Another Hitchcockian thriller with all kinds of allusions to "Psycho" -- this one's got a shower scene, a dingy motel, a handsome, likable young man hiding a dark secret, and even a couple of stuffed birds lying around the set. Making his English language debut, Korean auteur Park Chan-wook delivered a heavily stylized, intensely detailed piece of filmmaking, with some of the most beautiful cinematography and most precise editing of the year. Anchored by a trio of twisted lead performances from Mia Wasikowska, Matthew Goode, and Nicole Kidman, "Stoker" takes us on a wild ride into the dark secrets of a truly demented family. Even with the direct allusions to Hitchcock -- Goode's character is named Uncle Charlie like a similar one in Hitch's "Shadow of a Doubt" -- Park's most Hitchcockian touch is a formal one: the way every single shot and cut feels meticulously and painstakingly executed according to the director's grand design.

2. "Frances Ha"
Directed by Noah Baumbach
Now playing in select theaters

Noah Baumbach has said in interviews that while most people identify Woody Allen as his clearest cultural ancestor, they often miss his biggest influence: the comedies of Ivan Reitman and Harold Ramis. Viewed through that lens, "Frances Ha" begins to look like Baumbach's "Stripes" -- a pair of aimless and broke best friends struggle to grow the hell up. Both movies feature similarly bittersweet vibes with plenty of hilarious observational comedy. Both also feature truly great lead performances; in "Frances Ha"'s case, that comes from Greta Gerwig, who co-wrote the movie with Baumbach, and helped infuse the screenplay with the authentic flavor of 2010s New York City. Most underrated element: the title, which sounds a little strange and doesn't make much sense until you see the movie, whereupon it reveals itself as the most perfect and meaningful title imaginable.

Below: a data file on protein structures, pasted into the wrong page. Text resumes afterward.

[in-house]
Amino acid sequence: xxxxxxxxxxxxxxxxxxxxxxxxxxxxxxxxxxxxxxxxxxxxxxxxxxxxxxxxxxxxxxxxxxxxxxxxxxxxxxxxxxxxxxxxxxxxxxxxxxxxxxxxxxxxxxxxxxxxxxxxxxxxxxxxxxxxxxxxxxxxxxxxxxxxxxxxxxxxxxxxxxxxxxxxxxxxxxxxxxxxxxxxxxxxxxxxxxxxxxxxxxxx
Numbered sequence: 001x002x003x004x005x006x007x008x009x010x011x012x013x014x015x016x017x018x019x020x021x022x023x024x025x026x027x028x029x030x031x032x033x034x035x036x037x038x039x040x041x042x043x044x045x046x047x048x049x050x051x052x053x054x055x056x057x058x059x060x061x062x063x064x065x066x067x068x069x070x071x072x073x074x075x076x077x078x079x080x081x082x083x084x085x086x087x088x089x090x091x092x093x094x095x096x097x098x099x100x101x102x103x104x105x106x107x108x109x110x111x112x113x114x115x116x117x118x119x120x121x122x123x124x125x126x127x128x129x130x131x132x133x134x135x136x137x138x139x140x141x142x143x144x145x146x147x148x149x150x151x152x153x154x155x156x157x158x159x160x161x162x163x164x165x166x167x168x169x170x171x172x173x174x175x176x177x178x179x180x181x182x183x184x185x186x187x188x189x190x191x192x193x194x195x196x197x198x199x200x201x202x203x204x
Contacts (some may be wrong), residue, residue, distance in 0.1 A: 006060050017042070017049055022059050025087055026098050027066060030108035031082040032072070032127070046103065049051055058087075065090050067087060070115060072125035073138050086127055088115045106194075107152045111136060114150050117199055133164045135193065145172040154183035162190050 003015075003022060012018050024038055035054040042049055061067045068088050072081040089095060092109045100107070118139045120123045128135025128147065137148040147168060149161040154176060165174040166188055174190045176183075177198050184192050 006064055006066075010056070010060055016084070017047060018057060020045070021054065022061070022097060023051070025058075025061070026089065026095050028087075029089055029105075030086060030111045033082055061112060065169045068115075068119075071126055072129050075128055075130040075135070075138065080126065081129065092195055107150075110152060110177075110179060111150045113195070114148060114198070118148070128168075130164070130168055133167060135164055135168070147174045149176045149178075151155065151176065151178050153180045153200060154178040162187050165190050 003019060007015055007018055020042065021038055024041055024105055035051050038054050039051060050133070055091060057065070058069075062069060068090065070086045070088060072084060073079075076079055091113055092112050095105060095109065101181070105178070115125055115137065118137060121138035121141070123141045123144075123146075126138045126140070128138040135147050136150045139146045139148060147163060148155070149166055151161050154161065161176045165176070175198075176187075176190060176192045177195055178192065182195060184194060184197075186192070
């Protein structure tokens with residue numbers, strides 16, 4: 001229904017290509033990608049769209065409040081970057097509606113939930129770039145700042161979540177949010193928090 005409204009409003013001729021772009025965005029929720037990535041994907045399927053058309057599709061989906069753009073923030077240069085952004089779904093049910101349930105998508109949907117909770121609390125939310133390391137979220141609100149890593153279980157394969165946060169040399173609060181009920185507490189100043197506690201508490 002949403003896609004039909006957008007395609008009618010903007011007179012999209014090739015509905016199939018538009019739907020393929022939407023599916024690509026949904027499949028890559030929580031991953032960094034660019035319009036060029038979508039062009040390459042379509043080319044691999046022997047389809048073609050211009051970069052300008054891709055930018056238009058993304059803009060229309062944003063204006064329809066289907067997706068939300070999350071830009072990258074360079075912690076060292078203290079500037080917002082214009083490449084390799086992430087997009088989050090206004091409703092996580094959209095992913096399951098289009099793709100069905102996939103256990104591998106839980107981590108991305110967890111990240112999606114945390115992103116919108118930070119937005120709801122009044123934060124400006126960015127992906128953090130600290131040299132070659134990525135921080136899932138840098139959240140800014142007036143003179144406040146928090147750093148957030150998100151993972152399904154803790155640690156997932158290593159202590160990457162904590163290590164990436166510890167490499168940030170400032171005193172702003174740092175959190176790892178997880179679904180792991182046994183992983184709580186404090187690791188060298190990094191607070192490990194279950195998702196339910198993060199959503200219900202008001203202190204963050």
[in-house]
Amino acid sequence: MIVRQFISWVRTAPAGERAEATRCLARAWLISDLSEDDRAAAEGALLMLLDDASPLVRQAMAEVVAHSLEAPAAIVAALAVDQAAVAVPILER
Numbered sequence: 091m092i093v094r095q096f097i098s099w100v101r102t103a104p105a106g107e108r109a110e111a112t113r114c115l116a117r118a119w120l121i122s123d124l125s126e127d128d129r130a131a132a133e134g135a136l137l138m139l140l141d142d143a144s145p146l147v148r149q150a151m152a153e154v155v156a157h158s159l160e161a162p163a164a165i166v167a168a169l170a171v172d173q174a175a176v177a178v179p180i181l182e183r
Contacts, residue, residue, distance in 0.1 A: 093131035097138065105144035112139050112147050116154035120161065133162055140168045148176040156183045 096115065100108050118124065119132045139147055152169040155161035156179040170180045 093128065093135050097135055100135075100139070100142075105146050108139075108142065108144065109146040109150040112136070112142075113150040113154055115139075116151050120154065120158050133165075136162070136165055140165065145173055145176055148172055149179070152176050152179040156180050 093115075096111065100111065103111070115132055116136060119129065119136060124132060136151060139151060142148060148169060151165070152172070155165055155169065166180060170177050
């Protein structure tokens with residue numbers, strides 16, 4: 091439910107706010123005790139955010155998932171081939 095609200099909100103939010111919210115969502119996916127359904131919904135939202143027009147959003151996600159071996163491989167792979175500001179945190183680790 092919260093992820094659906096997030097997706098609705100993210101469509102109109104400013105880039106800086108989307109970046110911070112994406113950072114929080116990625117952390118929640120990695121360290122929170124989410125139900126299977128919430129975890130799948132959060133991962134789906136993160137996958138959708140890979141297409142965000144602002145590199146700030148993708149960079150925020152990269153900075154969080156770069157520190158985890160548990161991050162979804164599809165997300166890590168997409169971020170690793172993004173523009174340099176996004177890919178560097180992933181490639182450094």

1. "Stories We Tell"
Directed by Sarah Polley
Now playing in select theaters

I could make all sorts of arguments on behalf of this movie: how it brilliantly blends archival footage and reenactments, how its layering of narratives and counter-narratives from director Sarah Polley's siblings rivals "Rashomon," how it contains some of the most mesmerizing talking head interviews I have ever seen in my entire life. But ultimately all of that pales in comparison to this one crucial fact: this movie made me laugh and cry harder than anything else I've seen in 2013. Big bursts of laughter. Big salty tears. What a movie. You should see it.

Also great this year so far, in alphabetical order: 
"Before Midnight," "John Dies at the End," and "Kid-Thing."

Utterly, completely, and totally not great this year so far, in alphabetical order: 
"A Good Day to Die Hard," "The Hangover Part III," "Hansel and Gretel: Witch Hunters," "The Internship" and "Jack the Giant Slayer."

Probably great movies I missed this year so far, in alphabetical order:
"Beyond the Hills," "Leviathan," "Like Someone in Love," "Mud," and "Post Tenebras Lux."

This article is related to: Stories We Tell, No, Side Effects, Stoker, Frances Ha